Efforts are being made to develop resilience scales that might be used to evaluate coping skills and possibly predict response to treatment.1 The military is looking into ways to mitigate the effects of post traumatic stress disorder by training soldiers to be more mentally resilient in advance. In light of the high rates of PTSD associated with combat veterans, the military now sees the need for soldiers to be both physically and mentally fit to avoid the problems associated with PTSD. The United States Army is developing a “Global Assessment Tool” to help assess soldiers’ fitness.

Dr. Dennis Charney has been a leading proponent for more research into resilience. He has described distinct neurochemical response patterns to acute stress,2 and he emphasizes the importance of optimism, “cognitive reappraisal” and a supportive social network in improving response to adversity.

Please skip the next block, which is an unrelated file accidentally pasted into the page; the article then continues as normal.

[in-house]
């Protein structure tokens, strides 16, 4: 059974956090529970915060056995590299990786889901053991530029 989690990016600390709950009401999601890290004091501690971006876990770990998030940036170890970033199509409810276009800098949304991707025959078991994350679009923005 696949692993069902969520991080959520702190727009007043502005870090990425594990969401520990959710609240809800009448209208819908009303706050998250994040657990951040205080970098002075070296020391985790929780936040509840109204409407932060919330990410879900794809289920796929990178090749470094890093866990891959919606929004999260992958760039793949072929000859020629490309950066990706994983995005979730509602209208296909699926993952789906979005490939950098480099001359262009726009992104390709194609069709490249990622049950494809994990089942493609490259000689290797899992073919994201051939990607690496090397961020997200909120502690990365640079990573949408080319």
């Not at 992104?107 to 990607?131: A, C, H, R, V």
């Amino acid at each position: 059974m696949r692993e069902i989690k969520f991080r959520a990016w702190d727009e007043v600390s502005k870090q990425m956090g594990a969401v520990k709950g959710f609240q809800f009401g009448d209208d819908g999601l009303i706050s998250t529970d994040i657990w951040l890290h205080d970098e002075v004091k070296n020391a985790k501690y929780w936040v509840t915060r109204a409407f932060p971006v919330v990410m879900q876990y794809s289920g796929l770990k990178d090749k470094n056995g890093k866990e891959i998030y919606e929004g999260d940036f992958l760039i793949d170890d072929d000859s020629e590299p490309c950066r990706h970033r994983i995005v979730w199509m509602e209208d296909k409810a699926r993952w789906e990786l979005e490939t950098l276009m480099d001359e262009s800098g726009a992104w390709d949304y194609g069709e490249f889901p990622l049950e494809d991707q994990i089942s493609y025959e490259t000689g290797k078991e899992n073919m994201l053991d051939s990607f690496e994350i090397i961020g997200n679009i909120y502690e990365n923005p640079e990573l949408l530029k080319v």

1. Lopez CT. Soldiers may better handle trauma with resilience training (http://www.army.mil/-news/2009/03/23/18611-soldiers-may-better-handle-trauma-with-resilience-training/) Accessed 12/3/09.

2. Charney DS. Psychobiological mechanisms of resilience and vulnerability: implications for successful adaptation to extreme stress. Am J Psychiatry. 2004;161(2):195-216.

The idea of a global assessment tool is very cool - (it will include physical, emotional, social, spiritual and family elements) - but I wonder how effective it will be at revealing issues that might lessen resiliency.

A recent review article in Frontiers of Human Neuroscience looks at the developmental timing of adversity (stress) and how it impacts brain development. Here is the title and abstract.